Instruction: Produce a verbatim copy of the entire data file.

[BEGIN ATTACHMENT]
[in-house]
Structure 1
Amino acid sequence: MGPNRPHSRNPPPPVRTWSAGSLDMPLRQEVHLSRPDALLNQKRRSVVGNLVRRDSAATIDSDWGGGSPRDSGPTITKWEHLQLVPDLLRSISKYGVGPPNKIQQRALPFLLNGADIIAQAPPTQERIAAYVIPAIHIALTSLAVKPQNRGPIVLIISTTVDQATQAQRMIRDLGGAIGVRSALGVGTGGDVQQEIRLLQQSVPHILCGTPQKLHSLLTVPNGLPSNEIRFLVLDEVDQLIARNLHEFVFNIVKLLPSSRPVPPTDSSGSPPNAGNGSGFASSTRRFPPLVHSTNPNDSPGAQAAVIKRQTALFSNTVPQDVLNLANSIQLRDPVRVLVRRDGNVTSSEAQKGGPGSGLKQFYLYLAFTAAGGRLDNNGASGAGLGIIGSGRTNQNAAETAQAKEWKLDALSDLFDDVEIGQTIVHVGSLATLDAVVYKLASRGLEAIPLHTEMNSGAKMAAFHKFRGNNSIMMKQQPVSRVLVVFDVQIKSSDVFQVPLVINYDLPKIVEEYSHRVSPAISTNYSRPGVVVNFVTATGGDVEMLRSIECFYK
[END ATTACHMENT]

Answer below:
[in-house]
Structure 1
Amino acid sequence: MGPNRPHSRNPPPPVRTWSAGSLDMPLRQEVHLSRPDALLNQKRRSVVGNLVRRDSAATIDSDWGGGSPRDSGPTITKWEHLQLVPDLLRSISKYGVGPPNKIQQRALPFLLNGADIIAQAPPTQERIAAYVIPAIHIALTSLAVKPQNRGPIVLIISTTVDQATQAQRMIRDLGGAIGVRSALGVGTGGDVQQEIRLLQQSVPHILCGTPQKLHSLLTVPNGLPSNEIRFLVLDEVDQLIARNLHEFVFNIVKLLPSSRPVPPTDSSGSPPNAGNGSGFASSTRRFPPLVHSTNPNDSPGAQAAVIKRQTALFSNTVPQDVLNLANSIQLRDPVRVLVRRDGNVTSSEAQKGGPGSGLKQFYLYLAFTAAGGRLDNNGASGAGLGIIGSGRTNQNAAETAQAKEWKLDALSDLFDDVEIGQTIVHVGSLATLDAVVYKLASRGLEAIPLHTEMNSGAKMAAFHKFRGNNSIMMKQQPVSRVLVVFDVQIKSSDVFQVPLVINYDLPKIVEEYSHRVSPAISTNYSRPGVVVNFVTATGGDVEMLRSIECFYK